Vallerie A. Maurice, Merrill, Thomas A., Morgan, Johnny W. | 4/28/2005 7:37:01 PM
News Release Distributed 01/17/03
Baton Rouge - The LSU AgCenter recognized three individuals and one team for outstanding contributions to its diversity initiatives during a reception Friday afternoon (Jan. 17).
The four awards were presented during the LSU AgCenter’s Annual Diversity Conference at the Pennington Biomedical Research Center in Baton Rouge.
The conference, which has been held for three years, included a variety of workshops aimed at teaching LSU AgCenter faculty and others about the importance of diversity – and it operated under the theme, "The Power of Diversity: Growing One LSU AgCenter For All."
The LSU AgCenter’s formal diversity initiative began in April 1998 and was the first of its kind in the LSU System, according to Vallerie Maurice, director of multicultural diversity and assistant to the chancellor for the AgCenter. Since that time, the initiative has included community outreach forums to determine how to better serve all Louisiana citizens, diversity training for faculty and staff and a variety of other programs to ensure the AgCenter is an inclusive organization that capitalizes on the diversity of its employees and its clientele.
"We are proud of the strides we’ve made over the past few years, and we know the people we are recognizing with these awards have played a part in contributing to our vision of a more diverse faculty and staff that is serving more diverse clientele," said LSU AgCenter Chancellor William B. "Bill" Richardson. "We know that through such efforts we truly can achieve our mission of improving the quality of life for all the people of Louisiana through the best research and educational programs we can conduct."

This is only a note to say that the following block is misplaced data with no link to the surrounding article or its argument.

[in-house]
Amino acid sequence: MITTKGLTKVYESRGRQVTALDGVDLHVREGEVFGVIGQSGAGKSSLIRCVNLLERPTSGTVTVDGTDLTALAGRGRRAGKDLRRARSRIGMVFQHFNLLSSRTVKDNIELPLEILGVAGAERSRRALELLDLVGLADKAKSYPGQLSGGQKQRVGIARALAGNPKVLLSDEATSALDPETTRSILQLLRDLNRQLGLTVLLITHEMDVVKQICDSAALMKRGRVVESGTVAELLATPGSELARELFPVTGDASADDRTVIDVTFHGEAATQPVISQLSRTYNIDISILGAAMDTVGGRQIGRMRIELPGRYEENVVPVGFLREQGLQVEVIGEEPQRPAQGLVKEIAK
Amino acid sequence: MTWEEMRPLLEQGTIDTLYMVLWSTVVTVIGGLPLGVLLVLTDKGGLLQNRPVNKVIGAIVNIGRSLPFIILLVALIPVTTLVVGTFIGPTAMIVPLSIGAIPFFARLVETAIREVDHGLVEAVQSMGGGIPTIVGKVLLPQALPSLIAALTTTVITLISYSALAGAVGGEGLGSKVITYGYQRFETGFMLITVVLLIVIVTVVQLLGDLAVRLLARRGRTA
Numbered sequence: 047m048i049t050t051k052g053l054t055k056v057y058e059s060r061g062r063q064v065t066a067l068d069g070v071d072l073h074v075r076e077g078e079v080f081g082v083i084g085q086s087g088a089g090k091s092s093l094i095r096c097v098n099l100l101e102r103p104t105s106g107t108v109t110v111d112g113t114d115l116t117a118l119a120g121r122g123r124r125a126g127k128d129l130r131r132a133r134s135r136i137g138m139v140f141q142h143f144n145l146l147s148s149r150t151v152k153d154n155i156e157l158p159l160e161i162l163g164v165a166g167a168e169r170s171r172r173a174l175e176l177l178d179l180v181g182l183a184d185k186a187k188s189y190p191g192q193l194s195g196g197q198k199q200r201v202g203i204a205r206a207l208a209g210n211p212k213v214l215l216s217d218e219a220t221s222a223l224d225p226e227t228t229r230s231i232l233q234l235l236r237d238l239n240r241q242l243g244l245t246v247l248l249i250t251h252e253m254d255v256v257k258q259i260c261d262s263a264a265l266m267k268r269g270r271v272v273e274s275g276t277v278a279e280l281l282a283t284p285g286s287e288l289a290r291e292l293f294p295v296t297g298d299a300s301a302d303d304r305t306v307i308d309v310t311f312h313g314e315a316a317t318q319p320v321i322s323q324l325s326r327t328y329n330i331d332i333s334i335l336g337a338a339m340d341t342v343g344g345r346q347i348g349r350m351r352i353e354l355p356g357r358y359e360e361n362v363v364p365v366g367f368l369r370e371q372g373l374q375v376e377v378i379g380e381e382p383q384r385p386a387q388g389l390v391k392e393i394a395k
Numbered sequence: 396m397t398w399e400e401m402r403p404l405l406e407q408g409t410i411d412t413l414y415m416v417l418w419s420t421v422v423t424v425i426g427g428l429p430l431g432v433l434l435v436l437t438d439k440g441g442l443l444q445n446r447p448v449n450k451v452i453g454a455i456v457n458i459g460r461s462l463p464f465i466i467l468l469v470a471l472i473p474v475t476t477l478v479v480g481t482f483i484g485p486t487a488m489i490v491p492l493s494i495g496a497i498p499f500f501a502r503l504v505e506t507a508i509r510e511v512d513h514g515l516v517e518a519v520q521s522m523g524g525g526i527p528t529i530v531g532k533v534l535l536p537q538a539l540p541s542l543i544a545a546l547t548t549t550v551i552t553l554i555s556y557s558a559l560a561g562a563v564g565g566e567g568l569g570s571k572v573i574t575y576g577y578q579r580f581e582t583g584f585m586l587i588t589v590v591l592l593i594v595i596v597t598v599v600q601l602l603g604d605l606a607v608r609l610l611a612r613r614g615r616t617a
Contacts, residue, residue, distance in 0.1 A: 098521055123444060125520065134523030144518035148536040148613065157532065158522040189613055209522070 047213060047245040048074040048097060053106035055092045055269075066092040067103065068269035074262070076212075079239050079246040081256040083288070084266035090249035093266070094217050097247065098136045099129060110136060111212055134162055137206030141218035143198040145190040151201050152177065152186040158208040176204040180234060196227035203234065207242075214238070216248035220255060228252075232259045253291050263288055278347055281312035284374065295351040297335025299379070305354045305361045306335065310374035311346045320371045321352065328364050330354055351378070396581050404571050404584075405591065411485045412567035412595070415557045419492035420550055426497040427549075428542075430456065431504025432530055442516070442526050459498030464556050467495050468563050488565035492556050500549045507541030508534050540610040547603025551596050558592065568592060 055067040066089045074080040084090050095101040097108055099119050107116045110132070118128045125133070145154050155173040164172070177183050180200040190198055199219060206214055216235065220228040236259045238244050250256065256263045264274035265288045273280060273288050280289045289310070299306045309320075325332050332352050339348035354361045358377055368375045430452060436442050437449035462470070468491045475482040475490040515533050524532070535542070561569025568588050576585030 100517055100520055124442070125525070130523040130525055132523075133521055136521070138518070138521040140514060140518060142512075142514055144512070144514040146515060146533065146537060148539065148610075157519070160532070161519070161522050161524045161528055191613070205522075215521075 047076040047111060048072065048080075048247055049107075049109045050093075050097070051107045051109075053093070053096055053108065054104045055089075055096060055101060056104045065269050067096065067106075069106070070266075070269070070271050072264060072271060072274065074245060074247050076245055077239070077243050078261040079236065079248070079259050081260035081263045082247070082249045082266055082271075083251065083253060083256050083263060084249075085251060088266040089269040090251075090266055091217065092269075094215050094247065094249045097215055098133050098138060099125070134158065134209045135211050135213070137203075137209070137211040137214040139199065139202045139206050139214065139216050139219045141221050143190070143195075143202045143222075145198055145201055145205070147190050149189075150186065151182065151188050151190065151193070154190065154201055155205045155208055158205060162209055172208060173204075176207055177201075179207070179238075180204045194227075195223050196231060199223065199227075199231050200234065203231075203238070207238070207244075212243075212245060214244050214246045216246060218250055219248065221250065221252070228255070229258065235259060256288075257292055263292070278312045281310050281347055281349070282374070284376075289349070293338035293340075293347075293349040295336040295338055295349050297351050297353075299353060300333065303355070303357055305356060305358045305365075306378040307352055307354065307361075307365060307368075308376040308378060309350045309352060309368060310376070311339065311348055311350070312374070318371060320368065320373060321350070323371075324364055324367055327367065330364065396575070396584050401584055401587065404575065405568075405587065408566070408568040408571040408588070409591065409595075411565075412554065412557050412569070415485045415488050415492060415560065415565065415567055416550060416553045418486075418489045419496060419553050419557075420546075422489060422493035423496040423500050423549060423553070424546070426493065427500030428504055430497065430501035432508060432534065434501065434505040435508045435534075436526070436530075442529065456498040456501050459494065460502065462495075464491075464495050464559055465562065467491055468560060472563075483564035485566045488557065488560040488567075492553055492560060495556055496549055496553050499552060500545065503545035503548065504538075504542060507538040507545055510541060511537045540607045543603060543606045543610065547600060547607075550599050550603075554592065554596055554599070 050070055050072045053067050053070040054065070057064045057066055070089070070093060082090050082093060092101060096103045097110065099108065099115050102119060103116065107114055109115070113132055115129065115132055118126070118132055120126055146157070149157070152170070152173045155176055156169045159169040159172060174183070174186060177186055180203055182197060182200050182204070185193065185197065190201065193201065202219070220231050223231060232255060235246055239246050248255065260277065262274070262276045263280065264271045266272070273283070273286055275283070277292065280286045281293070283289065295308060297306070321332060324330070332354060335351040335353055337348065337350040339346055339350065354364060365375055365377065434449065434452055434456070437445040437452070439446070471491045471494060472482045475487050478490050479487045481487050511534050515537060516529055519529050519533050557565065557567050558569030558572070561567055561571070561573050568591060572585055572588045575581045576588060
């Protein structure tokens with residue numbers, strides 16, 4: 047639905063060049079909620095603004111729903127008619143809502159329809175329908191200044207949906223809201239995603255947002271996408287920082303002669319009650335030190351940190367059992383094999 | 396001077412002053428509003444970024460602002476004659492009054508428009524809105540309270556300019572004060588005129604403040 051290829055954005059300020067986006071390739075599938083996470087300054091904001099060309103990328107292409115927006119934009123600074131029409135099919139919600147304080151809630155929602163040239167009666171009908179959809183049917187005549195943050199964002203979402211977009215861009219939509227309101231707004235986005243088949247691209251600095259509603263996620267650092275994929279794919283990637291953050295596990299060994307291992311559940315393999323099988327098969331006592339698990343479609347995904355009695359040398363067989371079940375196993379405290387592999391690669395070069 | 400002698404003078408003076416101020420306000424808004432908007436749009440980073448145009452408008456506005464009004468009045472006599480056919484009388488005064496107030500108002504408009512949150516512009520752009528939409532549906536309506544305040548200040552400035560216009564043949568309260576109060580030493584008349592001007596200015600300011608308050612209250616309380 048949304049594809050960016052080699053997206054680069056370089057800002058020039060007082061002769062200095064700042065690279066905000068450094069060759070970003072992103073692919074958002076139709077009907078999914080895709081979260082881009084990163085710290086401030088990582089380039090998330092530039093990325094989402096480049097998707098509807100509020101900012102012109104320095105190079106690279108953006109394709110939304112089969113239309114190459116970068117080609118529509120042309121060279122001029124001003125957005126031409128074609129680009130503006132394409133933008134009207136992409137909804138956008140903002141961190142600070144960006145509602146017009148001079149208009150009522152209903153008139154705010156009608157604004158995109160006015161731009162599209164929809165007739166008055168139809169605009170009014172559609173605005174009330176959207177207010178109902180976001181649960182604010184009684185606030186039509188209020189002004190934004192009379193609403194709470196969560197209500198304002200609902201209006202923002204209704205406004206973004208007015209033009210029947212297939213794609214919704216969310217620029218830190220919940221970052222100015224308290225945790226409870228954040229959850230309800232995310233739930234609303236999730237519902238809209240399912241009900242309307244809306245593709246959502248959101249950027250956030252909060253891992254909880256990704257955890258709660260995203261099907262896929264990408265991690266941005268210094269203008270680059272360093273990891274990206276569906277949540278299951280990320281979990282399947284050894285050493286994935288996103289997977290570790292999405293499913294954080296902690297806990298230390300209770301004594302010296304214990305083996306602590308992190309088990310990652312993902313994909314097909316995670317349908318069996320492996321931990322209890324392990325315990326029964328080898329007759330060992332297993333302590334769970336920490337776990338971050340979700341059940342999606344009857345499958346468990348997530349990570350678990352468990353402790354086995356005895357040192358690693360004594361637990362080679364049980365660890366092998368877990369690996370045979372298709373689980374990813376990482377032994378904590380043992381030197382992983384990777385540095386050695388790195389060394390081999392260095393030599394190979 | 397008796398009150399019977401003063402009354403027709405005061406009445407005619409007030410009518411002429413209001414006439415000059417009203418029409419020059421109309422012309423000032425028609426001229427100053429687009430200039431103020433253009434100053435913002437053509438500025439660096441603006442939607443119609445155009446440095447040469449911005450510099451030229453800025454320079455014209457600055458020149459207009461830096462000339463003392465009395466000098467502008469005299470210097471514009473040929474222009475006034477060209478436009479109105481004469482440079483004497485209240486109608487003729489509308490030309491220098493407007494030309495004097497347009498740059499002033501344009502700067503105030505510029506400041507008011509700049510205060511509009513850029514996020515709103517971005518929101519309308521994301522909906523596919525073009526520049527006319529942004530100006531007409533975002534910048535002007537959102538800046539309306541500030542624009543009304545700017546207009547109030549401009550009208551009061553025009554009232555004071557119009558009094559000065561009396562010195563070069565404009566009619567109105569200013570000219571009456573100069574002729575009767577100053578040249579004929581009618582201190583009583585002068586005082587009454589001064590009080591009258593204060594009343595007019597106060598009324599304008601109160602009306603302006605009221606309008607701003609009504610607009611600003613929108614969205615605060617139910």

The diversity award winners at this year’s conference included a South Louisiana county agent, two faculty members from Baton Rouge and a team from the New Orleans metropolitan area.
The awards went to Gerald Roberts, a Southern University county agent who oversees LSU AgCenter programs in St. Landry Parish; Dr. Milton Rush, an AgCenter professor of plant pathology in Baton Rouge; Dr. Joachim Singelmann, an AgCenter professor of agricultural economics; and a team of AgCenter agents from Jefferson, Orleans, Plaquemines and St. Bernard parishes – Duane Carkum, Lauren Faust, Beverly Madere, Jan Morgan and Jamie Roy.
Maurice said each of the winners was nominated by peers or supervisors, and all awards were accompanied by cash stipends.
"These are people who are doing great work for the LSU AgCenter, and their co-workers recognize that," Maurice said. "But it’s still difficult to pick the winners from all those who are nominated, because all of them do fascinating work."
Roberts, who is the first Southern University Cooperative Extension Service employee to serve as a parish administrator for the LSU AgCenter, won the Diversity Initiative Award for Excellence, which honors an individual who has exceeded the average standards of personal growth, commitment and dedication towards the inclusion of all people. In addition to supervising day-to-day operations of the programs of both Southern and the LSU AgCenter in St. Landry Parish, Roberts also conducts horticulture educational programs in St. Landry and Evangeline parishes and sweet potato education in Acadia, St. Landry and Evangeline parishes.
"Even before Gerald became involved with the diversity initiative, he had always had a commitment to help people regardless of race, gender, religion and so forth," said LSU AgCenter Regional Director Steve Linscombe, who serves as Roberts’ supervisor. Linscombe also said if anyone needs services, Roberts is committed to helping them.